By now, you have an opinion on Kendrick Lamar’s major label debut, Good Kid, M.A.A.D. City. You’ve probably read our review, probably sent some Tweets about it. Probably argued about the relative merits of MC Eiht’s verse on “M.A.A.D. City”. Probably wondered why “Cartoon & Cereal” ain’t on the album, and how Gunplay’s verse on that bodies all guests on the album proper. You’re probably ready to call it Album of the Year too.
That’s cool. But that’s not what really interests me here. Listening to Good Kid, M.A.A.D. City, the most interesting thing to me is how much of Kendrick Lamar is in this thing. If you search Twitter, you’ll still find some people (all of them wrong) who are wondering about Kendrick “selling out,” but I’m stretching to think of a major label rap debut that is/was less of a bend to commercial pressures.
This is an album with 12-minute songs. The main single, “Swimming Pools (Drank),” is about alcohol complicating lives, and it’s on the charts. There are skits that are tied together into a John Singleton short story. It has a Beach House sample. The only reference to a basketball player is of being jealous of a bench player from the Orlando Magic. Kendrick got to make the album he wanted; the Lady Gaga single that was presumably (hopefully) pushed on him isn’t even on here.
So how did he succeed where basically every other Interscope signee of the last decade failed? It’s tempting to say that it’s because Kendrick has a better sense of self than say, Game, but on his mixtapes, Yelawolf had an equally developed world view and sense of purpose, and he basically became the poor man’s Machine Gun Kelly on his major label debut, Radioactive. It might be that he’s the most hyped West Coast MC in the post-Tupac landscape, but then again, The Source has called every rapper west of the Mississippi “the new Tupac” at some point. It might be that there was some shake up at Interscope where they don’t just bench their mixtape heroes (I see you Freddie Gibbs in 2007), but after years of blocking 50 Cent, Game, M.I.A. and Knux albums makes that seem unlikely.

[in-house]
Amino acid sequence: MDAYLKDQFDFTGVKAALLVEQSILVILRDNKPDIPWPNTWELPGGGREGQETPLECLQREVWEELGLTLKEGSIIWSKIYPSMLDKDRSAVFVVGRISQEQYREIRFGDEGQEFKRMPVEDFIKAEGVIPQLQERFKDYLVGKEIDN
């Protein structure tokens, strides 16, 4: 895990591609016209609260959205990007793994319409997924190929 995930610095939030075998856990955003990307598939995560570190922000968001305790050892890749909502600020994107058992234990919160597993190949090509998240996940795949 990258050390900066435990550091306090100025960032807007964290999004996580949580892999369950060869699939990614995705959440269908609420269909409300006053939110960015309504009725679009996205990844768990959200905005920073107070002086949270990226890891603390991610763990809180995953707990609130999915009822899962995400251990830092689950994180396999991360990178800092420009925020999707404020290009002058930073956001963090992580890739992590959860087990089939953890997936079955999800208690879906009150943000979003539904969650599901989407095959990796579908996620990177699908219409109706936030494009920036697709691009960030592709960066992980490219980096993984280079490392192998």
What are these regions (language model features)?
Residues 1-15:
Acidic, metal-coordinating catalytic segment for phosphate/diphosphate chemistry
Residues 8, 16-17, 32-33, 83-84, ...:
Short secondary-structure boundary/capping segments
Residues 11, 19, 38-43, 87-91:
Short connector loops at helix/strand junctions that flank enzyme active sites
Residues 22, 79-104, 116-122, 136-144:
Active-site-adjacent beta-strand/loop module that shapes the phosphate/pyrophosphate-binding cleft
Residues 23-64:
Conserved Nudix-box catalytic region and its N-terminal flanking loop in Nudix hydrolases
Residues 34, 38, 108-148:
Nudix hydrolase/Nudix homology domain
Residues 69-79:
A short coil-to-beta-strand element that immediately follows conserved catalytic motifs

The biggest argument for how Kendrick’s album making it out of Interscope’s Foxconn Rap Factory without a Chester French feature is that he has the blessing of Dr. Dre. That might be true; he’s the first Aftermath artist to get a push since 50, pretty much, and Dre seems unusually invested in TDE in general (probably because all of those dudes could probably ghostwrite for the newest version of Detox that will never be released).
But really, who do Dre’s verses on “Compton” and “The Recipe” really help? What does Kendrick gain beyond having one of his heroes be on his album? It’s a net positive for Dre, not Kendrick; Dre gains cache for being on an album underground heads embrace, maybe distancing himself from his Skylar Gray phase. When was the last time that happened? That a big name guy of Dre’s stature was attaching himself to a younger guy not as a paid booster of the young guy’s career, but as a way to boost his own career? Dre appearing on Eminem’s first major label album?
What’s clear is that Interscope is betting the farm on Kendrick Lamar, and (gulp) it’s time they get applauded for making a good decision (for once). It’s not just fans, hip-hop blogs, Rap Twitter, Dr. Dre and every major music magazine who are falling in behind Kendrick Lamar’s hype. Interscope is sure he’s the Next Big Thing, and for the first time in years, that decision doesn’t seem forced down our aural cavities.
By letting Kendrick to make good kid, m.A.A.d. city the way he wanted, Interscope put out the best major label rap album of the year, something that should be their goal, but hasn’t been a reality for them for at least 12 years. If nothing else, Kendrick proved himself to be the boss amongst the last two years of mixtape heroes. He made an album that sounds like he had as much control over as he would a mixtape. He’s got talent a major label can’t squash.
Good luck, A$AP Rocky.